Some advocates are seeing New Jersey's adoption of a law mandating discussions between prescribers and families before a minor is prescribed an opioid as a precursor to additional measures in the state to combat the opioid crisis.
The Partnership for a Drug-Free New Jersey this week issued a news release upon word that Gov. Chris Christie had signed legislation designed to inform young patients and families of the risks of becoming dependent on an opioid and of the availability of alternative treatments for pain. The new law applies to physicians and dentists, and does not require the discussions if a young person is an emancipated minor.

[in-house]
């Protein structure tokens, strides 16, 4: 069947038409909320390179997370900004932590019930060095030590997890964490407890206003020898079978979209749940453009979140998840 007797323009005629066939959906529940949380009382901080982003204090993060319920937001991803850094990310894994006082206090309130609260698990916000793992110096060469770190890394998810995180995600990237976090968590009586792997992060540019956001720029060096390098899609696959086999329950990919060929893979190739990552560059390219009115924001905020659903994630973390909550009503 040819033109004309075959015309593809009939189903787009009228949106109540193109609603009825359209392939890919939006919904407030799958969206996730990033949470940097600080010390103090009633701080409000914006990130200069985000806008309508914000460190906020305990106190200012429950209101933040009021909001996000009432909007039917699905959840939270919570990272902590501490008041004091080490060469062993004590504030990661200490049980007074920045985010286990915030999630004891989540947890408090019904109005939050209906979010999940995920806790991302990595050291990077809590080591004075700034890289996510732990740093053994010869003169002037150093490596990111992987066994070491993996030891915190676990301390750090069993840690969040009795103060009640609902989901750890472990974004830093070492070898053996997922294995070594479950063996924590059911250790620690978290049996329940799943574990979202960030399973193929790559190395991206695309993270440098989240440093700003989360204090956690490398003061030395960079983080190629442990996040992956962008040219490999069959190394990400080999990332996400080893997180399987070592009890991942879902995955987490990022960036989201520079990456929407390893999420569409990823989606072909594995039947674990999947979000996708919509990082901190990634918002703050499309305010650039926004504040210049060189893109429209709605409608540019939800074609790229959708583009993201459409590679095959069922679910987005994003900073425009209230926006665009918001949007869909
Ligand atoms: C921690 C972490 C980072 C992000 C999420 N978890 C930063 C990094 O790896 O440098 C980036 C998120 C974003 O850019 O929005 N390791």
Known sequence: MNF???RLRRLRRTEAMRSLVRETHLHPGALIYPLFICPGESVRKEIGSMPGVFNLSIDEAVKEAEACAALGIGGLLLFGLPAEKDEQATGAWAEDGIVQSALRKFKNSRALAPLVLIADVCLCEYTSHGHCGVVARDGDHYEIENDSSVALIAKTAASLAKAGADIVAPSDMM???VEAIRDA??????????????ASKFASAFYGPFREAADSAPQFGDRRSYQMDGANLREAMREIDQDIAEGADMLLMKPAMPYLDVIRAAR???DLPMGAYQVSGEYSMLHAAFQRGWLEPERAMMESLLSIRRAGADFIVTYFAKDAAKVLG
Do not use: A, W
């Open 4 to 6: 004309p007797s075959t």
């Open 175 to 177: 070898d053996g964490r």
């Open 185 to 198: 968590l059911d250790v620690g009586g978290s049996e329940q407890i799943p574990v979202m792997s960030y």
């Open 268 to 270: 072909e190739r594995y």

“The momentum gained by the adoption of this important legislation is setting the stage for progress on comparison common sense prevention measures, such as requiring physicians and other prescribers to receive ongoing training in best prescribing practices as a condition of being able to prescribe opiate-based pain relievers, and making pill limits for initial opiate prescriptions permanent law,” said Partnership chairwoman Elaine Pozycki.
The law requiring conversations about opioids and alternatives is believed to be the first of its kind in the nation. It also requires prescribers to document in the young patient's medical record that the conversation about opioids took place.